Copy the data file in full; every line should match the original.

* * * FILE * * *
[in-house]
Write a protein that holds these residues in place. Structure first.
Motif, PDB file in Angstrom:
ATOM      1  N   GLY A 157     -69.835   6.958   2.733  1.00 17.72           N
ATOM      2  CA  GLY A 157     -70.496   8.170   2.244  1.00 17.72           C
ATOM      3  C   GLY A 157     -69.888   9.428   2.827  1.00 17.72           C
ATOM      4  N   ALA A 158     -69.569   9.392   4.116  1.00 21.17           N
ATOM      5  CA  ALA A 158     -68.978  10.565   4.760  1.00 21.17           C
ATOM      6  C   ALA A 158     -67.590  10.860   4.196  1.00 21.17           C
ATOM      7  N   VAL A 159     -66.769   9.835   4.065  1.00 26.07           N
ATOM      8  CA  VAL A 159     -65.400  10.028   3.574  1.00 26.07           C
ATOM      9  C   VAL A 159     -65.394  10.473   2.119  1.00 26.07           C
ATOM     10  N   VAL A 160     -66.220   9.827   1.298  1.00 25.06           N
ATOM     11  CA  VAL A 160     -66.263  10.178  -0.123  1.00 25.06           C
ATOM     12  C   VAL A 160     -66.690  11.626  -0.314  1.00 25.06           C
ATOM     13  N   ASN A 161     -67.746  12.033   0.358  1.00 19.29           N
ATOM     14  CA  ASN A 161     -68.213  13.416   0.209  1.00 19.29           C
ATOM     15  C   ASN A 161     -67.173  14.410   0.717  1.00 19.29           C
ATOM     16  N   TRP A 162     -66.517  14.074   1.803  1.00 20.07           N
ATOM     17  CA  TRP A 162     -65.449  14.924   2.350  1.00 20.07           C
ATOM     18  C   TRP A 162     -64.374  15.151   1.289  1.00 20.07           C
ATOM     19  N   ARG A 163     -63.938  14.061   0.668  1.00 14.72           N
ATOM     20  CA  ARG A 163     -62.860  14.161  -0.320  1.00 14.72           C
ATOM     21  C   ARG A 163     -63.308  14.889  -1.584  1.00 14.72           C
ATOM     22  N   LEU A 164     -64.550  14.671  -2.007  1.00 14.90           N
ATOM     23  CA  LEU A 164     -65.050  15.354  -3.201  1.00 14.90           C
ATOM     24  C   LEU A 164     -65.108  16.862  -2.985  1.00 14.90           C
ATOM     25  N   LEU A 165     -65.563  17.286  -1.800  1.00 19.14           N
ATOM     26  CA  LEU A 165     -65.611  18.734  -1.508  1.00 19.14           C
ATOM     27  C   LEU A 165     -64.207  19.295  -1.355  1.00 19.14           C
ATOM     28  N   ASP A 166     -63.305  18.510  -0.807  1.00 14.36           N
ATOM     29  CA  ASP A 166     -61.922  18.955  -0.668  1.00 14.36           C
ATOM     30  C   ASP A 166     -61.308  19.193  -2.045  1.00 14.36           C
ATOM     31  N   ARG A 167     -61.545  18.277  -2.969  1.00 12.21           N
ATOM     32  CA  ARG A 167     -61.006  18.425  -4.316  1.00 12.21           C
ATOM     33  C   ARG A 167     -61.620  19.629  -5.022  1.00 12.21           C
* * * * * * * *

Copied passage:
[in-house]
Write a protein that holds these residues in place. Structure first.
Motif, PDB file in Angstrom:
ATOM      1  N   GLY A 157     -69.835   6.958   2.733  1.00 17.72           N
ATOM      2  CA  GLY A 157     -70.496   8.170   2.244  1.00 17.72           C
ATOM      3  C   GLY A 157     -69.888   9.428   2.827  1.00 17.72           C
ATOM      4  N   ALA A 158     -69.569   9.392   4.116  1.00 21.17           N
ATOM      5  CA  ALA A 158     -68.978  10.565   4.760  1.00 21.17           C
ATOM      6  C   ALA A 158     -67.590  10.860   4.196  1.00 21.17           C
ATOM      7  N   VAL A 159     -66.769   9.835   4.065  1.00 26.07           N
ATOM      8  CA  VAL A 159     -65.400  10.028   3.574  1.00 26.07           C
ATOM      9  C   VAL A 159     -65.394  10.473   2.119  1.00 26.07           C
ATOM     10  N   VAL A 160     -66.220   9.827   1.298  1.00 25.06           N
ATOM     11  CA  VAL A 160     -66.263  10.178  -0.123  1.00 25.06           C
ATOM     12  C   VAL A 160     -66.690  11.626  -0.314  1.00 25.06           C
ATOM     13  N   ASN A 161     -67.746  12.033   0.358  1.00 19.29           N
ATOM     14  CA  ASN A 161     -68.213  13.416   0.209  1.00 19.29           C
ATOM     15  C   ASN A 161     -67.173  14.410   0.717  1.00 19.29           C
ATOM     16  N   TRP A 162     -66.517  14.074   1.803  1.00 20.07           N
ATOM     17  CA  TRP A 162     -65.449  14.924   2.350  1.00 20.07           C
ATOM     18  C   TRP A 162     -64.374  15.151   1.289  1.00 20.07           C
ATOM     19  N   ARG A 163     -63.938  14.061   0.668  1.00 14.72           N
ATOM     20  CA  ARG A 163     -62.860  14.161  -0.320  1.00 14.72           C
ATOM     21  C   ARG A 163     -63.308  14.889  -1.584  1.00 14.72           C
ATOM     22  N   LEU A 164     -64.550  14.671  -2.007  1.00 14.90           N
ATOM     23  CA  LEU A 164     -65.050  15.354  -3.201  1.00 14.90           C
ATOM     24  C   LEU A 164     -65.108  16.862  -2.985  1.00 14.90           C
ATOM     25  N   LEU A 165     -65.563  17.286  -1.800  1.00 19.14           N
ATOM     26  CA  LEU A 165     -65.611  18.734  -1.508  1.00 19.14           C
ATOM     27  C   LEU A 165     -64.207  19.295  -1.355  1.00 19.14           C
ATOM     28  N   ASP A 166     -63.305  18.510  -0.807  1.00 14.36           N
ATOM     29  CA  ASP A 166     -61.922  18.955  -0.668  1.00 14.36           C
ATOM     30  C   ASP A 166     -61.308  19.193  -2.045  1.00 14.36           C
ATOM     31  N   ARG A 167     -61.545  18.277  -2.969  1.00 12.21           N
ATOM     32  CA  ARG A 167     -61.006  18.425  -4.316  1.00 12.21           C
ATOM     33  C   ARG A 167     -61.620  19.629  -5.022  1.00 12.21           C